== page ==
Photographs from the Detroit Publishing Company

Have you ever seen those old postcards — I tend to find them crammed in shoeboxes at antique stores — with luridly hued landscapes or blush-tinted street scenes and historical landmarks — photographs that almost look like rigid little paintings?


Dam Square, Amsterdam. Detroit Publishing Company, c. 1900

There’s a good chance they were made in Detroit.

In 1896, The Detroit Publishing Company acquired the exclusive American rights to PHOTOCHROM (uh, caps lock emphasis mine, because it is my new favorite name of a thing), a Swiss-patented process for making color lithographs from black-and-white photo negatives. Before PHOTOCHROM, photographs were colored by hand; color lithography was faster and produced more consistent results than hand-coloring or early color film. And it was so much sexier than black and white!

In a stroke of great serendipity for the partners of the Detroit Publishing Company, Congress passed the Private Mailing Card Act in 1898, which allowed private publishers to produce their own postcards. They were so cheap and so beautiful, and business boomed for the Detroit Publishing Company, which sent its photographers and dealers around the world by rail and sea to take photographs and buy negatives from other photographers willing to sell their wares.

niagra in winter

Niagra in Winter, American Falls, New York. Detroit Publishing Company, c. 1906

Photography, of course, was revolutionary, but I’d never really thought of postcards as a milestone in publishing until working on this post. It makes so much sense, though: a penny or two, and you’ve got a tiny — but resplendent — work of art in your hands. Photography was the window on the world; the postcard brought the world to your mailbox.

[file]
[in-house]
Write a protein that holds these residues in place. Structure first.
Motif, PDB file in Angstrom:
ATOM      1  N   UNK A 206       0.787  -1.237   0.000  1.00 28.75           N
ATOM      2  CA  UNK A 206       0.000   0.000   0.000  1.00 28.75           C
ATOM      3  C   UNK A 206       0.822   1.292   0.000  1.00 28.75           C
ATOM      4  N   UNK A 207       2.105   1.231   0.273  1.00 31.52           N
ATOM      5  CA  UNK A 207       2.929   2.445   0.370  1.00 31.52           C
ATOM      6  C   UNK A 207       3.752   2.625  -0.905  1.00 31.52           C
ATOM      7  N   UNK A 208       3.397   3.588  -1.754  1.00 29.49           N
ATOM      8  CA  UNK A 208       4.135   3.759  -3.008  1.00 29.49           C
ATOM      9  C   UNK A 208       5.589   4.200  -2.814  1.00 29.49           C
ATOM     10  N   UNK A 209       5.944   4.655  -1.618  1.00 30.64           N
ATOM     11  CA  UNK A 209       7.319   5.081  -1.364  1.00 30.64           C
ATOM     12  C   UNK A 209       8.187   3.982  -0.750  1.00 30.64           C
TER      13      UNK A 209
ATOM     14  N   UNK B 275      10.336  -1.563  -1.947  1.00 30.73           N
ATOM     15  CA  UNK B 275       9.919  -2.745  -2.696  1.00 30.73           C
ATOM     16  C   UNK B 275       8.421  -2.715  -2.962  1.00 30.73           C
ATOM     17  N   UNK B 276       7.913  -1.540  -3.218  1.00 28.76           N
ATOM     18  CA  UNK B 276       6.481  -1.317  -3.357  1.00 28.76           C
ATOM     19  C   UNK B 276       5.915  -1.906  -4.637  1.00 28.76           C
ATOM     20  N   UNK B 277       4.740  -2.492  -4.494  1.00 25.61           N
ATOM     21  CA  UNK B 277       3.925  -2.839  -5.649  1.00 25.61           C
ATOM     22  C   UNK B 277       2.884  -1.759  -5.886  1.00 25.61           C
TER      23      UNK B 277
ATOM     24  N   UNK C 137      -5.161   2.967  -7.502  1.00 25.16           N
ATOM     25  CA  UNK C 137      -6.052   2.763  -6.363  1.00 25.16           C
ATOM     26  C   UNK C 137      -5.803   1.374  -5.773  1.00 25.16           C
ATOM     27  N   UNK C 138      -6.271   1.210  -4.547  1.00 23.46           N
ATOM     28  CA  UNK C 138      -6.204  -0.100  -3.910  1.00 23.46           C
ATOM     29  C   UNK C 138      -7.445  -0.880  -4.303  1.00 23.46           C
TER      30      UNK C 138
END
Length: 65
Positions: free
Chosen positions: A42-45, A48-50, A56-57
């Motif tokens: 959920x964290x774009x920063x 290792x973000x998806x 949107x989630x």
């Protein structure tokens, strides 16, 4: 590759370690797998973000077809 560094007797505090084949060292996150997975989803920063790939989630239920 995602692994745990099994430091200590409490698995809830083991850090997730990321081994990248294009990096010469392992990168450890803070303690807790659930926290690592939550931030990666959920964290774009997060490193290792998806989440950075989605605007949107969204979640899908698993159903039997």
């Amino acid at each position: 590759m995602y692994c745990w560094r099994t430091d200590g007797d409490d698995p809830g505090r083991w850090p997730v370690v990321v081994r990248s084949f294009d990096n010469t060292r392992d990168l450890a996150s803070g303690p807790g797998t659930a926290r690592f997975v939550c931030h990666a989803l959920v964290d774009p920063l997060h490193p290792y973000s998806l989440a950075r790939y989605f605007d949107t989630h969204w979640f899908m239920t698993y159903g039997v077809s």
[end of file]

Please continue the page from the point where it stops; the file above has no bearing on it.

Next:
atlantic city

Looping the Loop, Atlantic City. Detroit Publishing Company, c. 1901.

Because I still haven’t bought a decent pair of winter boots, and because I don’t really like going outside in the cold, I spent a few hours in a substantive virtual exhibition on the Detroit Publishing Company presented by The Henry Ford. It’s a little dated as digital exhibitions go, but it’s still a delightful and comprehensive introduction to the history of the business, and naturally it’s full of more than a hundred great photographs and lithographs of street life, nature, architecture, transportation and pretty things from all over the world at the turn of the 20th century.

moonlight constantinople

Moonlight Over Constantinople, Turkey. Detroit Publishing Company, c. 1905

Most of the Detroit Publishing Company’s original negatives belong to the Library of Congress (which also maintains a DPC digital collection, if you have yet more time, nowhere in particular to be, and become infatuated with these works the way I did this week). The Henry Ford retains tens of thousands of DPC prints and postcards. And the fabulously redesigned Buildings of Detroit has a nice gallery of vintage postcards, sent from Detroit, that includes some great Detroit Publishing Company pieces.

In fact, I thought to myself whilst compiling this post, what about that postcard I just bought from City Bird?

Sure enough:

macomb postcard

That’s General Alexander Macomb on Washington Boulevard, by the way. I bought it to remember how much I love General Alexander Macomb, and this statue of General Alexander Macomb, but now, quite surprisingly, it’s a remembrance of another really stunning slice of city history that I didn’t even know about until this week.

So many lizards under so many unsuspecting stones. I tell you.

winter canfield avenue

Winter Morning – Corner of Canfield and Second, Detroit. Detroit Publishing Company, c. 1905

#buildings of detroit#city bird#color lithography#detroit publishing company#general alexander macomb#photochrom#photography#private mailing card act#the henry ford